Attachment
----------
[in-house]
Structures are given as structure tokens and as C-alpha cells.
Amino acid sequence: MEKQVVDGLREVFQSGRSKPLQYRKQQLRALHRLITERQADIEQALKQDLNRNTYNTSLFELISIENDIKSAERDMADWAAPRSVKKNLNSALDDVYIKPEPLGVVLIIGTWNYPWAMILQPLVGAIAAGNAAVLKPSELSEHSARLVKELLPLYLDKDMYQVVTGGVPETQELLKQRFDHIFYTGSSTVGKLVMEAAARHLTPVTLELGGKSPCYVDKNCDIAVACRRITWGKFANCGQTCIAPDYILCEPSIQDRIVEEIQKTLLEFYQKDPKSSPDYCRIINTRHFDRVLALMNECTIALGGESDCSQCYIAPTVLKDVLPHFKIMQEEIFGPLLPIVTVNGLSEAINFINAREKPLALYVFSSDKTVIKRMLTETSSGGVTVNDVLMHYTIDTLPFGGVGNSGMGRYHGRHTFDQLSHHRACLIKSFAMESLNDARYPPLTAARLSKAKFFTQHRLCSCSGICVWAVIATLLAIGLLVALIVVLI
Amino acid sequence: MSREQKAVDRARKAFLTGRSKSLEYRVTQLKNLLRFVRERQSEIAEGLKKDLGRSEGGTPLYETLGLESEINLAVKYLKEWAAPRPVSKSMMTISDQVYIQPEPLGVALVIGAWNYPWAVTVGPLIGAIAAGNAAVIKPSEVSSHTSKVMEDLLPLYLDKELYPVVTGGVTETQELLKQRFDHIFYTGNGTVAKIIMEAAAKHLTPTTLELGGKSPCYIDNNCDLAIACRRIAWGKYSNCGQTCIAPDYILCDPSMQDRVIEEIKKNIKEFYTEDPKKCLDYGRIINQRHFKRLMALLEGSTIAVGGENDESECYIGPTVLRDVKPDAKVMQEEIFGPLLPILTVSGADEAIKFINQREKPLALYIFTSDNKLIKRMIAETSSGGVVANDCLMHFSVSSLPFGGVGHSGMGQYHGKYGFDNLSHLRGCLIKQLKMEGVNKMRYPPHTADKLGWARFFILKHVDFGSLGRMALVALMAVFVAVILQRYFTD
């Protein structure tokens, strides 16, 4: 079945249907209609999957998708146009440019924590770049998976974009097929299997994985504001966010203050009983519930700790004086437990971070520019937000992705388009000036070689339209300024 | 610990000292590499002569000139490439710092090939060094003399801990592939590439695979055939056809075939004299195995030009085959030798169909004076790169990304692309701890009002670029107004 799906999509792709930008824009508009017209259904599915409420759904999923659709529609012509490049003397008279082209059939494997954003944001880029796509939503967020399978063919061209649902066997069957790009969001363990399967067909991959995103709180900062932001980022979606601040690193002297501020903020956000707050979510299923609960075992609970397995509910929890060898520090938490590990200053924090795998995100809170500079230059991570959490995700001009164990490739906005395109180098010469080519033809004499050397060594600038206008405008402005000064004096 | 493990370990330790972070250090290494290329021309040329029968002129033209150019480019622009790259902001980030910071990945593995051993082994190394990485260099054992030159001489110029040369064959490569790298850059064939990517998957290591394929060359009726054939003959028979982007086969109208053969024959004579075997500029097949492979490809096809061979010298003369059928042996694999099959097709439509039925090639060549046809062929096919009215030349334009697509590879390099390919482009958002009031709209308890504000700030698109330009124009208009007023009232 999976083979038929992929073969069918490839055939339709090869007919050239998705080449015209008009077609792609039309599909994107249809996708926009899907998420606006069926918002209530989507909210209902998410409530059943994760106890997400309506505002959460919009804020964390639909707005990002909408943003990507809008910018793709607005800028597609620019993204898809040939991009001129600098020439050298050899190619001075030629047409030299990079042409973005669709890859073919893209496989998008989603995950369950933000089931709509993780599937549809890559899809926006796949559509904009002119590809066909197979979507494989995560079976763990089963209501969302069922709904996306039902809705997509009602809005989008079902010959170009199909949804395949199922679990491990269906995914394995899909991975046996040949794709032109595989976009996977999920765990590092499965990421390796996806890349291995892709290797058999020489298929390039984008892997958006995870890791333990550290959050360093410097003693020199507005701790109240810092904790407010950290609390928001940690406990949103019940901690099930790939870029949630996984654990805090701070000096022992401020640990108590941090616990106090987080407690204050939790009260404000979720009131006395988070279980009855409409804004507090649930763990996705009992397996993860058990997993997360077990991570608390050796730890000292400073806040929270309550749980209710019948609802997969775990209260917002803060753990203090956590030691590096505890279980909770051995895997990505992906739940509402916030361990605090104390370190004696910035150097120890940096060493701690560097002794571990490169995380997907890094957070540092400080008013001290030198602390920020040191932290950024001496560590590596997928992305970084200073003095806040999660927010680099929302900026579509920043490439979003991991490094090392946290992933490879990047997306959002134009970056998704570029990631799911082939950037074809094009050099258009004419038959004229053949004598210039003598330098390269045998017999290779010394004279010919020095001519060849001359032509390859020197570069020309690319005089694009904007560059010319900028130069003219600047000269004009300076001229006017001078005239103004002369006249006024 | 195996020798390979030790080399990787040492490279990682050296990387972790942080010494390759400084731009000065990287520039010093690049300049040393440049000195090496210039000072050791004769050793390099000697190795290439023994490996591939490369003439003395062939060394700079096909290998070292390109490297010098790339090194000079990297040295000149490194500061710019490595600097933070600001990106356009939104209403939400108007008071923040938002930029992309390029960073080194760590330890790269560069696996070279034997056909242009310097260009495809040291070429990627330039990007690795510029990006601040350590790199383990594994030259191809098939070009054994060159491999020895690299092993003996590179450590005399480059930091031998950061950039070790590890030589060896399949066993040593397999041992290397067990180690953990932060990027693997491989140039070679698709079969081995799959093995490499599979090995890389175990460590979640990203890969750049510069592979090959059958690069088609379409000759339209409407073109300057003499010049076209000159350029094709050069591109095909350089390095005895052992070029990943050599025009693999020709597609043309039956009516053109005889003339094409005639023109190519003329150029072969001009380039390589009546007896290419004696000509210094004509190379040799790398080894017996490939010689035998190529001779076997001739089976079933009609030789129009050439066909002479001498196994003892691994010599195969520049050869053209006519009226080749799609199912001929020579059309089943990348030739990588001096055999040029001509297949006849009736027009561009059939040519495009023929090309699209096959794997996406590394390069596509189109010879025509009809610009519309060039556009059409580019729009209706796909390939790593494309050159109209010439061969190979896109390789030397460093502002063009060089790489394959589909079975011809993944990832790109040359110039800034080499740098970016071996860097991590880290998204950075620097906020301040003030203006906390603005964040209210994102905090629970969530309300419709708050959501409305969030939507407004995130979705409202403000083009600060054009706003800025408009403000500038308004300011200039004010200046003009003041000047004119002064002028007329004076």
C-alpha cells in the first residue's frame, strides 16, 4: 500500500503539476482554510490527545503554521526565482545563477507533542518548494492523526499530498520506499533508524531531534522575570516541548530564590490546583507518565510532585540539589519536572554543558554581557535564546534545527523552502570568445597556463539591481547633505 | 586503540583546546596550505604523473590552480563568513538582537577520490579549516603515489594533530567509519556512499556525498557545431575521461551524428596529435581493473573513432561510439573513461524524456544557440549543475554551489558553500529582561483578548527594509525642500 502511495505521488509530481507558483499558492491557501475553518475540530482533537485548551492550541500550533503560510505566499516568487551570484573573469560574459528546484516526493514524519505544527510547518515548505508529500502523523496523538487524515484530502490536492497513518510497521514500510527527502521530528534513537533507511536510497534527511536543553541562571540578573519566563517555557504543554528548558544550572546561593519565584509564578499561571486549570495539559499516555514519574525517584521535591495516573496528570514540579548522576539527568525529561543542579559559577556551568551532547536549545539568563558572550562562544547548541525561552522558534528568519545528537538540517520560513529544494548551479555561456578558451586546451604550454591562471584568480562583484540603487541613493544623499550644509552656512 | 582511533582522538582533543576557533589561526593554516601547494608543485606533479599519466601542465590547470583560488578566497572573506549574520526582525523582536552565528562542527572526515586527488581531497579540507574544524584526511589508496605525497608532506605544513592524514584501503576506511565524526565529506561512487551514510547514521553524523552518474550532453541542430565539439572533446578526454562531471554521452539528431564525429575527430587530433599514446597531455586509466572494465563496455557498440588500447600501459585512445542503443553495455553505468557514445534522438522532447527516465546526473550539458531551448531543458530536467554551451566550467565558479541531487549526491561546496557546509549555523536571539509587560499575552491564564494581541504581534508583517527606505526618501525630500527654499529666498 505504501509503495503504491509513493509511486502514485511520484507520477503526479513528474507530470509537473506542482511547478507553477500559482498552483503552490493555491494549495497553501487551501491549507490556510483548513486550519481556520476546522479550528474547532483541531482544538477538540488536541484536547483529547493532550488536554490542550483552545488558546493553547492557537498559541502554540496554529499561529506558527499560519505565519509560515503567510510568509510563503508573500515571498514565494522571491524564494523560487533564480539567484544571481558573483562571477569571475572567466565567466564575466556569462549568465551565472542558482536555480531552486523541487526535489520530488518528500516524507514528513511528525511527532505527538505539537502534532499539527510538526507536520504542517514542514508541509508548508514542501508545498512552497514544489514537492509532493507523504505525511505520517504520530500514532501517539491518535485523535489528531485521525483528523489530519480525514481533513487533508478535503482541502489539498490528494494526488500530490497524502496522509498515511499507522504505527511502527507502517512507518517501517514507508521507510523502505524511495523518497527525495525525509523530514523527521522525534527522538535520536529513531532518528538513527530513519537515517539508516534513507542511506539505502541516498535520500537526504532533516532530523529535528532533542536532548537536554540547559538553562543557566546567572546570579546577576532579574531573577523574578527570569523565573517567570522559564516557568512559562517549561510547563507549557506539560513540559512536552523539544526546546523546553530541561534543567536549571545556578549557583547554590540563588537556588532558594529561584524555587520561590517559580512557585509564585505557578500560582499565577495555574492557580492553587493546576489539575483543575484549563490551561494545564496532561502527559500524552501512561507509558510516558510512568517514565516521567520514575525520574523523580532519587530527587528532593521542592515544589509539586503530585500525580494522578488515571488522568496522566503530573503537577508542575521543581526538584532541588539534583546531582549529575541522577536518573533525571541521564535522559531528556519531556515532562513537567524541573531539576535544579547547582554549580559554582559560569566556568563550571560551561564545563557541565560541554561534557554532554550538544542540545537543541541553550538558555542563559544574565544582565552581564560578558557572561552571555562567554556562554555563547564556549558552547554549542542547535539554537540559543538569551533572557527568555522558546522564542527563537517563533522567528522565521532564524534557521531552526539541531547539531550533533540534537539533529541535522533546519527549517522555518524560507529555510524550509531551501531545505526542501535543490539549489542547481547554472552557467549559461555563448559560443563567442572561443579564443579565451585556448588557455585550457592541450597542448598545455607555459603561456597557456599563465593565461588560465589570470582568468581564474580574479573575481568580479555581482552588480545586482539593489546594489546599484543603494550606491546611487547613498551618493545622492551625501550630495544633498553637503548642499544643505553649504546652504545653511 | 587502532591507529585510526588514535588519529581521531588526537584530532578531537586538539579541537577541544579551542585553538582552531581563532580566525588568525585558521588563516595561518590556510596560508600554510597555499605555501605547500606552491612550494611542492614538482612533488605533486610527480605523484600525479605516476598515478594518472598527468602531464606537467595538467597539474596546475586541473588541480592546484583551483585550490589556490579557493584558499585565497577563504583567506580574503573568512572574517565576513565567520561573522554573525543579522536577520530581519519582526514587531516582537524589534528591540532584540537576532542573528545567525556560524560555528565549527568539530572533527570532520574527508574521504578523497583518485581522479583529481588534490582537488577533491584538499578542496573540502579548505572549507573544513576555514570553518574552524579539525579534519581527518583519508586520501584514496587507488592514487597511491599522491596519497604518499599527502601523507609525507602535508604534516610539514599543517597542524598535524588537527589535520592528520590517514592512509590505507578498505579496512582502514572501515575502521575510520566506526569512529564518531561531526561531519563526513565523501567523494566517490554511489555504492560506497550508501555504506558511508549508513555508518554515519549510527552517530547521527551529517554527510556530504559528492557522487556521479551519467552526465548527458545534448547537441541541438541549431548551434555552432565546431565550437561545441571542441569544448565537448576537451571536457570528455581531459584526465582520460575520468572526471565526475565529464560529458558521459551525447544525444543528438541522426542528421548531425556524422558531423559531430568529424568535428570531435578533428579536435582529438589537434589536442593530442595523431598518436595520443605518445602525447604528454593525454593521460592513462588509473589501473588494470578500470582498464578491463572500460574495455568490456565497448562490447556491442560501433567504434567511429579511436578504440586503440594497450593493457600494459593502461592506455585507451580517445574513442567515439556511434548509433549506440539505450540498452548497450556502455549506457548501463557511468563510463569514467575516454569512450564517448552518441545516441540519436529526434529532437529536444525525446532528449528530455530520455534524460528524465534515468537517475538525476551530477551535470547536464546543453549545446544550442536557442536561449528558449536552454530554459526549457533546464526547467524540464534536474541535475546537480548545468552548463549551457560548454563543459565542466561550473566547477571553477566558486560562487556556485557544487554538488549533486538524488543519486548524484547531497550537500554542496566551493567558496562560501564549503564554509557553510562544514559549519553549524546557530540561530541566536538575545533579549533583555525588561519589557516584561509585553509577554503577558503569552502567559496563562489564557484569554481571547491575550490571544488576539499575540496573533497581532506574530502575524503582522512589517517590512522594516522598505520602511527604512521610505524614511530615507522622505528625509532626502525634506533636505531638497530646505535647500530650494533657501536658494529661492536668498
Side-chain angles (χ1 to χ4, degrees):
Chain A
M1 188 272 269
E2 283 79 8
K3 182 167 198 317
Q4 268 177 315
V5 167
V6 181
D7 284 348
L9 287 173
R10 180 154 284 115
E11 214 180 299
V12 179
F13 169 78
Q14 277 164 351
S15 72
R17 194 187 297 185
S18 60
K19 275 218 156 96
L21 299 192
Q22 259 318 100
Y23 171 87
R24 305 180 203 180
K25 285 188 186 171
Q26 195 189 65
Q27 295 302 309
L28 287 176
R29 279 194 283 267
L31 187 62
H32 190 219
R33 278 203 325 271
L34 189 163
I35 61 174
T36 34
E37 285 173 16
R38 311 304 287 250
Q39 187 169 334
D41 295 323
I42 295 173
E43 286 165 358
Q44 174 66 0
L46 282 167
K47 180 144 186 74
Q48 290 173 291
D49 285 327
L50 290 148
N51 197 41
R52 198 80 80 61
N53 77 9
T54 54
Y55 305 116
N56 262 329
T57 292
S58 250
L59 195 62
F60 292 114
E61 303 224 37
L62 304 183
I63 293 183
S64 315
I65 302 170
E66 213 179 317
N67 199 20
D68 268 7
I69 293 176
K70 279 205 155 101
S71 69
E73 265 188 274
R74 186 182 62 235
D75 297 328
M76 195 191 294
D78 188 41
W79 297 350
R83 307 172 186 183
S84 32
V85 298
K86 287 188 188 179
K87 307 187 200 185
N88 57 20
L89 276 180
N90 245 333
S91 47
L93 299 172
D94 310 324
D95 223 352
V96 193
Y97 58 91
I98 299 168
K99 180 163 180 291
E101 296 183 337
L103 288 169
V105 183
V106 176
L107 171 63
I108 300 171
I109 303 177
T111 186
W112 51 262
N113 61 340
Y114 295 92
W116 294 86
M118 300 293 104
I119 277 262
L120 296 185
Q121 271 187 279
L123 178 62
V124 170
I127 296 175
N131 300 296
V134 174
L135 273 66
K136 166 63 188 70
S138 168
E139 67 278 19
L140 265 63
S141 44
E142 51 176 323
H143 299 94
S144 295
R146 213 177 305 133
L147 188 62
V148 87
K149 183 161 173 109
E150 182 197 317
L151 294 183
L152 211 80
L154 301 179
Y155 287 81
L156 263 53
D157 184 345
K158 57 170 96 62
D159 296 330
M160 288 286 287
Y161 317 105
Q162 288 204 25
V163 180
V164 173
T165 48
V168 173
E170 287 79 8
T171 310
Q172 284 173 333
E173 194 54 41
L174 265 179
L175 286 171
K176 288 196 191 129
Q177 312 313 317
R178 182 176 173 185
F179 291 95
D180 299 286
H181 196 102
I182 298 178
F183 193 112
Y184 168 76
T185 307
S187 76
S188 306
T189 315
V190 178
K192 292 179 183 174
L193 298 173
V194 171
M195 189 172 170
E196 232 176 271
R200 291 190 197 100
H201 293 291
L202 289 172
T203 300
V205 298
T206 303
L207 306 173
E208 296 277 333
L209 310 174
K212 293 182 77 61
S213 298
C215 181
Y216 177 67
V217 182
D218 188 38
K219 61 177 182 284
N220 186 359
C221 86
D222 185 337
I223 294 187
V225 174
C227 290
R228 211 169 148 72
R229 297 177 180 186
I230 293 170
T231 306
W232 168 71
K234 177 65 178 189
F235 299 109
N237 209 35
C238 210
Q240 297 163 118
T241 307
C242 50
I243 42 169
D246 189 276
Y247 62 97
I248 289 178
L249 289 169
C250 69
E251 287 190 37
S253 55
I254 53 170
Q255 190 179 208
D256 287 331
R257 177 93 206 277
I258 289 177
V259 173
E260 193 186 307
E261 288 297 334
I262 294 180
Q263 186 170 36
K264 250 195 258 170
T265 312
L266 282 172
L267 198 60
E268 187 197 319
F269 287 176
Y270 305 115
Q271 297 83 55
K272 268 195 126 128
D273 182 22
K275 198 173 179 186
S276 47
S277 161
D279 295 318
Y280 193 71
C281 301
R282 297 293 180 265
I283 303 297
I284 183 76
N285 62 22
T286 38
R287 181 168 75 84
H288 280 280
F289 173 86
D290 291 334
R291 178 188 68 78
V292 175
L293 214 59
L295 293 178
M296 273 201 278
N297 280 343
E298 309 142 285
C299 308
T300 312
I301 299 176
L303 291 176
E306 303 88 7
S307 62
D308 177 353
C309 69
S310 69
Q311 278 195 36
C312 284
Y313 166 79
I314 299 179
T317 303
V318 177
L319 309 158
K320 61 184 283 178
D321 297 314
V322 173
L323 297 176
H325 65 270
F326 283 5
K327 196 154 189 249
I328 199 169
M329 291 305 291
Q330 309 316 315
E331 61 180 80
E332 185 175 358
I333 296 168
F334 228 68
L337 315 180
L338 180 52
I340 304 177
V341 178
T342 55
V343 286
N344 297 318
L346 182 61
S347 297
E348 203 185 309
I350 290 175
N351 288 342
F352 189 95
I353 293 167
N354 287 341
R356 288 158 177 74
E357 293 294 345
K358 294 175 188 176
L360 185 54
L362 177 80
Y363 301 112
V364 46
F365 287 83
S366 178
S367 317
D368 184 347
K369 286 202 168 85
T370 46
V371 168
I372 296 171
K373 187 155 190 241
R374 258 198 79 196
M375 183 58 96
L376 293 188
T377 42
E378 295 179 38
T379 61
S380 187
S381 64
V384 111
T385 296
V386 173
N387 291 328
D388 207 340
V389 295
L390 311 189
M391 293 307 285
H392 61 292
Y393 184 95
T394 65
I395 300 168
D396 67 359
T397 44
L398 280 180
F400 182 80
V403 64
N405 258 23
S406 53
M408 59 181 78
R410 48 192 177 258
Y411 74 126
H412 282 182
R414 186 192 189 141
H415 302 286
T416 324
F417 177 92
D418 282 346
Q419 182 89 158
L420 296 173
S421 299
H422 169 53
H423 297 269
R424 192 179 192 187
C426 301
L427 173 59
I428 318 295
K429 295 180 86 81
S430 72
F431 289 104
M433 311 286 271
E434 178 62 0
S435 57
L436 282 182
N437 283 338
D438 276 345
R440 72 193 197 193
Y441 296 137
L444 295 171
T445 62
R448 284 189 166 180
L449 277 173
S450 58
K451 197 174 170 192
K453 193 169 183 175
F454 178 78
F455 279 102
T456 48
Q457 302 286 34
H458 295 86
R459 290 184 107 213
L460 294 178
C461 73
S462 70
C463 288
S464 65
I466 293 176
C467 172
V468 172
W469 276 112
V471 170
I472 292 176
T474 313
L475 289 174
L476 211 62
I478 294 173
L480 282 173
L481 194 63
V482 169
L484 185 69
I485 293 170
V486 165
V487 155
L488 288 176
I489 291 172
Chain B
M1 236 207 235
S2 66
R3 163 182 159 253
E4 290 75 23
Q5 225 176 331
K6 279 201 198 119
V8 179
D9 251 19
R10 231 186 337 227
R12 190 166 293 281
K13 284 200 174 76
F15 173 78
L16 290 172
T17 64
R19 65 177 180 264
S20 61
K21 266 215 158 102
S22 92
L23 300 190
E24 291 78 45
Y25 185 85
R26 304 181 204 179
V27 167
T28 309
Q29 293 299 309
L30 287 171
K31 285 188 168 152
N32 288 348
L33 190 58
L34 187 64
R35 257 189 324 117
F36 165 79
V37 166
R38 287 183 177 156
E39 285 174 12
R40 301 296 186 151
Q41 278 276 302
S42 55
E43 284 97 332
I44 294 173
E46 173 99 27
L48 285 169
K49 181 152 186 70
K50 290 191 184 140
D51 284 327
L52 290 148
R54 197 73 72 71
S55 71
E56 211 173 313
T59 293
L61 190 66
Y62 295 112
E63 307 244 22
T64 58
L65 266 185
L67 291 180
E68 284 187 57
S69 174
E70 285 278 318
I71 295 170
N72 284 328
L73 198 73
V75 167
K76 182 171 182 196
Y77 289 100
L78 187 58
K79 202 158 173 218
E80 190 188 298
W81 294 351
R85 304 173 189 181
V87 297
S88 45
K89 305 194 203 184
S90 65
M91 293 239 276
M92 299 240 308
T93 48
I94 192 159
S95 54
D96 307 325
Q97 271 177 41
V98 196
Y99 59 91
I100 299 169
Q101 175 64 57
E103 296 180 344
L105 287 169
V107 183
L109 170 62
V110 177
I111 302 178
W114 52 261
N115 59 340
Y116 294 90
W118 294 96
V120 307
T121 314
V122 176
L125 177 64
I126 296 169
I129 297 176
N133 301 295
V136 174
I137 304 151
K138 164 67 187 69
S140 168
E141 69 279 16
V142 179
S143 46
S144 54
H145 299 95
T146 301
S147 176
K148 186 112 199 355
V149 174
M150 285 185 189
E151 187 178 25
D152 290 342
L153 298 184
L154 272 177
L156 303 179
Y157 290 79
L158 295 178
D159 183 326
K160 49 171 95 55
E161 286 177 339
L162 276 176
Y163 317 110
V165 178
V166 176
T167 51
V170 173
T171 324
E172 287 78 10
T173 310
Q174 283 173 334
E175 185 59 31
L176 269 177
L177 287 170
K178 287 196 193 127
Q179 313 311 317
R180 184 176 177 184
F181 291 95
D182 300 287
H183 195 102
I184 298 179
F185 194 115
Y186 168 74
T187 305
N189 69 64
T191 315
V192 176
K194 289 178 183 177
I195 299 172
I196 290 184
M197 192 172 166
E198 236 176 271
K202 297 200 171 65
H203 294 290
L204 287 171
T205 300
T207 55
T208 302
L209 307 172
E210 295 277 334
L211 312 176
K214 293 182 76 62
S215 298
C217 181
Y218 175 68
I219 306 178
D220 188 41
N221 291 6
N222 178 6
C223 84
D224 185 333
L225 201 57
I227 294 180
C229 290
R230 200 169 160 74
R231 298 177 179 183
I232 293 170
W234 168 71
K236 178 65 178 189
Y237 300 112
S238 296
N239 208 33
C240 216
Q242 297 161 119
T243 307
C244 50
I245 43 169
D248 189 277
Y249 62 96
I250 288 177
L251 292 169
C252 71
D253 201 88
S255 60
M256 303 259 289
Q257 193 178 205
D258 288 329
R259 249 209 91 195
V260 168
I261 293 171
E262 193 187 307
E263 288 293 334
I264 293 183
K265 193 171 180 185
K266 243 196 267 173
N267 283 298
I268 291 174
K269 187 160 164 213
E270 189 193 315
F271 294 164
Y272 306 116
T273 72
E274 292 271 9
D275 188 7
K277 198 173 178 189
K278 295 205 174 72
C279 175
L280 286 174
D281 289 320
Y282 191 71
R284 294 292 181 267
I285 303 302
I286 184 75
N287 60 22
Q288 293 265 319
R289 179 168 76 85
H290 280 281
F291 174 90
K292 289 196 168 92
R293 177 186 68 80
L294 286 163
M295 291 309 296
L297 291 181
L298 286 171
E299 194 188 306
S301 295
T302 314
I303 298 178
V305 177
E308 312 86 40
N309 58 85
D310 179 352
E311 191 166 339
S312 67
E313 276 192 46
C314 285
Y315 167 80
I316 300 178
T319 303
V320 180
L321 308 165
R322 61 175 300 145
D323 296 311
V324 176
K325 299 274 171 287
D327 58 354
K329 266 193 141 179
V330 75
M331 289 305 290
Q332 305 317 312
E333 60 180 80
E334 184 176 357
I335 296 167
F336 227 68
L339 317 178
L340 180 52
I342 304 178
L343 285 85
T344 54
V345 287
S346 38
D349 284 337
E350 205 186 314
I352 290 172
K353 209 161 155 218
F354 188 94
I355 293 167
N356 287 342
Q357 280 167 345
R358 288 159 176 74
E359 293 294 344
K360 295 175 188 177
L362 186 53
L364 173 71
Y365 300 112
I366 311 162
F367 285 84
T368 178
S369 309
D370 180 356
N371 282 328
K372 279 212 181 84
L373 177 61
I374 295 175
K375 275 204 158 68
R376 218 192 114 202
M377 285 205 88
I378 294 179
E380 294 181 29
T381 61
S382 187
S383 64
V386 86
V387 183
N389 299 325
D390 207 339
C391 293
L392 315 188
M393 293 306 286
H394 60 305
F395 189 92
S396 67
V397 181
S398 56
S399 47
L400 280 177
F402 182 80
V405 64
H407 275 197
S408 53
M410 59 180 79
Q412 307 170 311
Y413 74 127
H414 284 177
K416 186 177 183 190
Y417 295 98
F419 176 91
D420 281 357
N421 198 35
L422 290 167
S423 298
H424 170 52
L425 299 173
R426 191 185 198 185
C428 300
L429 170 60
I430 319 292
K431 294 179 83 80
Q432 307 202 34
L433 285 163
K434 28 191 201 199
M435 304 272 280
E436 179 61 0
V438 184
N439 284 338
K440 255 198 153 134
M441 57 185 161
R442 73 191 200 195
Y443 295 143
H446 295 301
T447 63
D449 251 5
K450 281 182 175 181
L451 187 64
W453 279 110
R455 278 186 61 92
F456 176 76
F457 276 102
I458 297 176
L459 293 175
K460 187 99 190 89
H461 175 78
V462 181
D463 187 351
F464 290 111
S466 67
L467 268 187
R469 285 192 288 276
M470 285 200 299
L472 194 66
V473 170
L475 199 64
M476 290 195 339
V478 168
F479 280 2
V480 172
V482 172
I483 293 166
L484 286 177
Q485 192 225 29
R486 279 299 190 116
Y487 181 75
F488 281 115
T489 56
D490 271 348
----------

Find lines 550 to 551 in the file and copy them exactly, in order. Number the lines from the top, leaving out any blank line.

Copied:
Q179 313 311 317
R180 184 176 177 184